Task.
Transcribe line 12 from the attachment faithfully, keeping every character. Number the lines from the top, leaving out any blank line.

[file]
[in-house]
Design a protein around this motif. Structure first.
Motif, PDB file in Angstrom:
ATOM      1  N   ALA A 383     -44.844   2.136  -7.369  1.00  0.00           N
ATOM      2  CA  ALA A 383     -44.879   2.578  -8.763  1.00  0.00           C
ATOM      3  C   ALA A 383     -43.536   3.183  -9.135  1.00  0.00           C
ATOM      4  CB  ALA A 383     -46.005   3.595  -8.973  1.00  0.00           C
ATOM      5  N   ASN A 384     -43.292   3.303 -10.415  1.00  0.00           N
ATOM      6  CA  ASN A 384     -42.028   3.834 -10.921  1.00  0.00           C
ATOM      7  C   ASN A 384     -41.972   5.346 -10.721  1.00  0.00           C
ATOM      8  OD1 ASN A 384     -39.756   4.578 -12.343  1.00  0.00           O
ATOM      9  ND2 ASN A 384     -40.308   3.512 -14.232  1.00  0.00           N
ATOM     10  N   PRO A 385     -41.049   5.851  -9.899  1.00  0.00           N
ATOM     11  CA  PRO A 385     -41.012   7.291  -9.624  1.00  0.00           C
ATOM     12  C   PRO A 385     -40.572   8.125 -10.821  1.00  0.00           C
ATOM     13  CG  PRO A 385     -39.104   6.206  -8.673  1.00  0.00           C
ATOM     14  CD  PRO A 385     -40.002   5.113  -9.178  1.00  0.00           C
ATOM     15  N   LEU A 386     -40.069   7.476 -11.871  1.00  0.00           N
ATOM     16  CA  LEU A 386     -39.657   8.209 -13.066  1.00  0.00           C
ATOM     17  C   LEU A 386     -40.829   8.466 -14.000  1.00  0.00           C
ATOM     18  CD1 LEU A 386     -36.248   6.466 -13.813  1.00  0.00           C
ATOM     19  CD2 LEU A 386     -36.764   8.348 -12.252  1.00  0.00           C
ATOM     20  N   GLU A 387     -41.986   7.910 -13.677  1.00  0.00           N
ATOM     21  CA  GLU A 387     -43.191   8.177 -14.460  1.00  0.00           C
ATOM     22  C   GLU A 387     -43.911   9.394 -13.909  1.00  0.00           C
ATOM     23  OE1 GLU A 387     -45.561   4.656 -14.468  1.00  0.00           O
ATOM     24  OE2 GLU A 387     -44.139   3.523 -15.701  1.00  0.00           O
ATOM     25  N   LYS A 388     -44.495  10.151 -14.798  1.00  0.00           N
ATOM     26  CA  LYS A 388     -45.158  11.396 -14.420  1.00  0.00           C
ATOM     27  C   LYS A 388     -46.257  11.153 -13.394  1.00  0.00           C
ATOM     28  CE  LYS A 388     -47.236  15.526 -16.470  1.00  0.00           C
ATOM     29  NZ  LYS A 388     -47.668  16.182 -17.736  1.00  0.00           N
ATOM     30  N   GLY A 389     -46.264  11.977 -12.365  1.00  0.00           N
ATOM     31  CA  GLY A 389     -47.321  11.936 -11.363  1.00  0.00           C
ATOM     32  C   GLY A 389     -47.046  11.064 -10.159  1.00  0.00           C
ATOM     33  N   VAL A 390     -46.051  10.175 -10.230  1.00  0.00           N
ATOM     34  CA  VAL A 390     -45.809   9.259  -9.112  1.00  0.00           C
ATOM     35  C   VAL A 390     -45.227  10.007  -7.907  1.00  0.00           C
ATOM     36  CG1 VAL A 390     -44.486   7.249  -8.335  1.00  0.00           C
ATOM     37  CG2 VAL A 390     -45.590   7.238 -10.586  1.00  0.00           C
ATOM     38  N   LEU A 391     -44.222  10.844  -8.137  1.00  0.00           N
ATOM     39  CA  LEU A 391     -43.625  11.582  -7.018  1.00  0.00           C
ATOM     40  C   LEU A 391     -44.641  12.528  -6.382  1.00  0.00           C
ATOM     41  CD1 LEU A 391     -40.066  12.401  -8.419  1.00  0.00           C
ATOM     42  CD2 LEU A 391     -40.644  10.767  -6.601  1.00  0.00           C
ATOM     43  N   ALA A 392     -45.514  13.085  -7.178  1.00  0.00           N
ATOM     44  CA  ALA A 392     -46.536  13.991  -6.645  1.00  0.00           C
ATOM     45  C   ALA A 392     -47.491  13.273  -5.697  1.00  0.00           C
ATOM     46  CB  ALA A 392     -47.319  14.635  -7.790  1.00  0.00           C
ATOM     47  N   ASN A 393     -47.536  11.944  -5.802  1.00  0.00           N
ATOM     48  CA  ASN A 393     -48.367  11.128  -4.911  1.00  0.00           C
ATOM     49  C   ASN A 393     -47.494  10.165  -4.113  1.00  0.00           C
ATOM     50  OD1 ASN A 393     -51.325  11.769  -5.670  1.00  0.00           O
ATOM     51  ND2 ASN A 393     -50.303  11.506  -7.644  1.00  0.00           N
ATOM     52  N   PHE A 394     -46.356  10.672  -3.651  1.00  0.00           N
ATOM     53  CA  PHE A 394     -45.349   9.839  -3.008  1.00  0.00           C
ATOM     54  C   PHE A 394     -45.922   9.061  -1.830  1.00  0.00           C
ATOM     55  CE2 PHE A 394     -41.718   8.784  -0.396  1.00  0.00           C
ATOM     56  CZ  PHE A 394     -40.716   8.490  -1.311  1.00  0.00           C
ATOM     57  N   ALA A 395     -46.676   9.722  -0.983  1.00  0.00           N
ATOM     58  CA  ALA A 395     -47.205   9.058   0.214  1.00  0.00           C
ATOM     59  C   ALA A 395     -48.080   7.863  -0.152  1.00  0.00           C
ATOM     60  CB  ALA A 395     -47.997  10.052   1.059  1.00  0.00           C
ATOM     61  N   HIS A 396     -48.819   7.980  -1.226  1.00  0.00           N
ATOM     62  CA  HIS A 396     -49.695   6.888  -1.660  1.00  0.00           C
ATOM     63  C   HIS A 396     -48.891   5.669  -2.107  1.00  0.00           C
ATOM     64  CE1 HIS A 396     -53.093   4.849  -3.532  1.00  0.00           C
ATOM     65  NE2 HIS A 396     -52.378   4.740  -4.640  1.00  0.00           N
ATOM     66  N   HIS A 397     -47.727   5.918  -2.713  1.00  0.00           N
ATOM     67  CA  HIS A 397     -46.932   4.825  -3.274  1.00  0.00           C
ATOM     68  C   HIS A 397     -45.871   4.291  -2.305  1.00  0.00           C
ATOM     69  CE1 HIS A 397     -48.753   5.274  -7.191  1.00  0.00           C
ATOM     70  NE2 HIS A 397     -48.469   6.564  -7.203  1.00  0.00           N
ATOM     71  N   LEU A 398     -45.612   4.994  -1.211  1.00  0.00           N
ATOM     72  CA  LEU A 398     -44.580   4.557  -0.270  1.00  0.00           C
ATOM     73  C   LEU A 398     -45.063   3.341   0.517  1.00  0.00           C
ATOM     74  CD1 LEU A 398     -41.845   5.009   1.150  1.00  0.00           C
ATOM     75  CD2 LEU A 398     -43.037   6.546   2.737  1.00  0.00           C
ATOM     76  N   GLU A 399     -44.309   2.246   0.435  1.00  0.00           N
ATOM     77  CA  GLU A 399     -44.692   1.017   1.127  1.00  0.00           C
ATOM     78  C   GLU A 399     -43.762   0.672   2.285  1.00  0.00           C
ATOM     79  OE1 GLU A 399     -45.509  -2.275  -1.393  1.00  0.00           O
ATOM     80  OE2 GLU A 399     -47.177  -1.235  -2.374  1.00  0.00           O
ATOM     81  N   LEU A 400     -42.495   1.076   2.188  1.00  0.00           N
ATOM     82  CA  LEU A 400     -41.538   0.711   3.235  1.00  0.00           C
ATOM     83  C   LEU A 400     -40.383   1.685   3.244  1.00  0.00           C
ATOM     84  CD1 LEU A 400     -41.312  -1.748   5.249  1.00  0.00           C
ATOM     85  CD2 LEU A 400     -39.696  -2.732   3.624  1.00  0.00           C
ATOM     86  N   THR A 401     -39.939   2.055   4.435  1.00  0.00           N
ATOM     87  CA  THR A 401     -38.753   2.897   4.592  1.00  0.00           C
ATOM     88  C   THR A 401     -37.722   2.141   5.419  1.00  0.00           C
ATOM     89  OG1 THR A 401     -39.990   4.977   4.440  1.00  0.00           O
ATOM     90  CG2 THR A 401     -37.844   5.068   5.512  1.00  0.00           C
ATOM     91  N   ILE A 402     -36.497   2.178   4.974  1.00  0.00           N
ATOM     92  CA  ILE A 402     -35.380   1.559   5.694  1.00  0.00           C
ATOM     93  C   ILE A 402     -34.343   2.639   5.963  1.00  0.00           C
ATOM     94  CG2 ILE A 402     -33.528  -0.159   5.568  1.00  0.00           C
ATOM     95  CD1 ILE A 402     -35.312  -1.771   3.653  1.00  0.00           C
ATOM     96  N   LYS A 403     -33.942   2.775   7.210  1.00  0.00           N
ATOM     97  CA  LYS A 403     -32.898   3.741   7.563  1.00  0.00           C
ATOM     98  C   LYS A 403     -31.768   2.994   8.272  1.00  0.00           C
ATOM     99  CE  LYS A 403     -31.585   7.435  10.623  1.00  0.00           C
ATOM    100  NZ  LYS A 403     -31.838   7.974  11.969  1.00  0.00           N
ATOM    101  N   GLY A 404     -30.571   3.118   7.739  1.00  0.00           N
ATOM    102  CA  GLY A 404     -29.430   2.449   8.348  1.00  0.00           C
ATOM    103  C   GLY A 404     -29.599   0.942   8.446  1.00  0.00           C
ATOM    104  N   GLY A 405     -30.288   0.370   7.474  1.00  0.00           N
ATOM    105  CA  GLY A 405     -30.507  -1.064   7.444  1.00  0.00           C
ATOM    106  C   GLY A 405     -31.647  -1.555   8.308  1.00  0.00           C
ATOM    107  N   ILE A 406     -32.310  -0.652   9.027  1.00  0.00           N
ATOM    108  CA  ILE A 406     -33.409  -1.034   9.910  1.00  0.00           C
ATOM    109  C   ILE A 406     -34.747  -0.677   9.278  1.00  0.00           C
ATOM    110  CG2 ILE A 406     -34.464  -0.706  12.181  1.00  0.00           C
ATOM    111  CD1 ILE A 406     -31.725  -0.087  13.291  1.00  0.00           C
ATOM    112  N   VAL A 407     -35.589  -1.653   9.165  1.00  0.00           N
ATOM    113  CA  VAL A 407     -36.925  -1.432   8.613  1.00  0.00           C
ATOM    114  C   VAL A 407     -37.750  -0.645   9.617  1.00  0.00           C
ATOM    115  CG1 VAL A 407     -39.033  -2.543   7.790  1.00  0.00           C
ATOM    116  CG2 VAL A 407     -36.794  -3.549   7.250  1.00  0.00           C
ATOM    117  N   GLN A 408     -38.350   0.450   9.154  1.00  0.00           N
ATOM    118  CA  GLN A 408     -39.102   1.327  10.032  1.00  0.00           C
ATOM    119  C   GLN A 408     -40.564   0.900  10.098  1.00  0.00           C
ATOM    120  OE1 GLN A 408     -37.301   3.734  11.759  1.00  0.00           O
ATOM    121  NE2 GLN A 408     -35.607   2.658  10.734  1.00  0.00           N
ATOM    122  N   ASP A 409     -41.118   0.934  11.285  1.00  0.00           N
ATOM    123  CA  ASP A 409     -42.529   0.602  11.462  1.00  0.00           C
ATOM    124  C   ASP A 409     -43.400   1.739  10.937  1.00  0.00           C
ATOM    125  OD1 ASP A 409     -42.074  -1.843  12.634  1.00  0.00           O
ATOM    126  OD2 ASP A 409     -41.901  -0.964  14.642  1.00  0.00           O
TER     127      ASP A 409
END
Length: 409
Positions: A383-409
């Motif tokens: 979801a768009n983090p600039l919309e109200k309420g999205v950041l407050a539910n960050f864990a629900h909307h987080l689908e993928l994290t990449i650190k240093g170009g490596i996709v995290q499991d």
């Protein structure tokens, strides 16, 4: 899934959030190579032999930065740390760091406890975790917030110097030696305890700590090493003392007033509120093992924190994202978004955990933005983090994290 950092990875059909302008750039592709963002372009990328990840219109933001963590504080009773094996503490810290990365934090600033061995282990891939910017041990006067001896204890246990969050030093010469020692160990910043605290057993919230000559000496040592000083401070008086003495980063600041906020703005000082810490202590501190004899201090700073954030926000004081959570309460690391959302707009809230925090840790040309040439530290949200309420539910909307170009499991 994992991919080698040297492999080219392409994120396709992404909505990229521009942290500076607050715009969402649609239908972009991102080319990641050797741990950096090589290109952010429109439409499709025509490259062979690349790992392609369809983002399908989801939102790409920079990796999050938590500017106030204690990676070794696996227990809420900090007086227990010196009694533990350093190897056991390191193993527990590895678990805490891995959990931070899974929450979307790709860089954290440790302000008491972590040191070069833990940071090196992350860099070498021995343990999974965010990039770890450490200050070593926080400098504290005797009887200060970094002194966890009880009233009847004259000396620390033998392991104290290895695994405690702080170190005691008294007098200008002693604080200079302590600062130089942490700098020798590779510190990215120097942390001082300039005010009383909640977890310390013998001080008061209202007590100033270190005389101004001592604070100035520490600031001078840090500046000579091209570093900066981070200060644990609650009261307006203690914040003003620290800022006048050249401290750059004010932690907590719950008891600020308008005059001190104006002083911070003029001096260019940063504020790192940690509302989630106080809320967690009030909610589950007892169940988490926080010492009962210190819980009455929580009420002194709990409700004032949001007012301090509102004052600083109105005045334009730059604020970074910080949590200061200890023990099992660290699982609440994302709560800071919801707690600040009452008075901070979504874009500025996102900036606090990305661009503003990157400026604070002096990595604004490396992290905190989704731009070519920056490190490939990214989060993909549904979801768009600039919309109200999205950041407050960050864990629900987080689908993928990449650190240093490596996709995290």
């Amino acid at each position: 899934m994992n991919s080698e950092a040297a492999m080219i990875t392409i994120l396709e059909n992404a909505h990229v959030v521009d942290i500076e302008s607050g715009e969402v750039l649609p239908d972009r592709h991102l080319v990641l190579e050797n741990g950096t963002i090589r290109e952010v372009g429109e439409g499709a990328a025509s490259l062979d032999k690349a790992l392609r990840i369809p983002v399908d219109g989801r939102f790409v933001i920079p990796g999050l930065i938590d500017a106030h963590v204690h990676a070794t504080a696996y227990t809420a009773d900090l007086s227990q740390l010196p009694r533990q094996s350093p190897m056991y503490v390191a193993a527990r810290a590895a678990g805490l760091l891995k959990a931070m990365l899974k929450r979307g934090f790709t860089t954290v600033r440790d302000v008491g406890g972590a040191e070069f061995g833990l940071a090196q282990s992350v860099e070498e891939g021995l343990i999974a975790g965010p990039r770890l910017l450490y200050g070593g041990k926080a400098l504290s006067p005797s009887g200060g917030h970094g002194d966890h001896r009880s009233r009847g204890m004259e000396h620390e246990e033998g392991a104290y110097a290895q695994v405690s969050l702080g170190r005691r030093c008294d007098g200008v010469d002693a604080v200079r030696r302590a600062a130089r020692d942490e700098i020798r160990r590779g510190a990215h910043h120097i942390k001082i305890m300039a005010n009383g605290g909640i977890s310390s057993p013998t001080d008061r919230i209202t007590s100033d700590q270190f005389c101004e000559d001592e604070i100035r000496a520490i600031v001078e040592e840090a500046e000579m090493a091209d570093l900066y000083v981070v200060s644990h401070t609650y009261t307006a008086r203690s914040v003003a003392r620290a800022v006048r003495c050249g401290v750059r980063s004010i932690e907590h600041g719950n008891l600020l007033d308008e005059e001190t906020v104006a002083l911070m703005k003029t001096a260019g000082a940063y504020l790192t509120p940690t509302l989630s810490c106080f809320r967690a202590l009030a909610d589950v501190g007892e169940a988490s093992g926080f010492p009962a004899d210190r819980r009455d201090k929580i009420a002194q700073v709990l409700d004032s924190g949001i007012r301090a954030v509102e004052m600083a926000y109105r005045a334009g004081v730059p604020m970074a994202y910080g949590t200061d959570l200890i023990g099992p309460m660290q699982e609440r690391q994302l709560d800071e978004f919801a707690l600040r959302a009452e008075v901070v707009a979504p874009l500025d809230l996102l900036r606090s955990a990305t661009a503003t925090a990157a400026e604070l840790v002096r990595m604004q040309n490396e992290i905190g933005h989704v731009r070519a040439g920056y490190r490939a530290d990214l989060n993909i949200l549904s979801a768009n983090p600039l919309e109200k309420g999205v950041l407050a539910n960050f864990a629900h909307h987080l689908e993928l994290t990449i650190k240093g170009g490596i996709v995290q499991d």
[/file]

ATOM      9  ND2 ASN A 384     -40.308   3.512 -14.232  1.00  0.00           N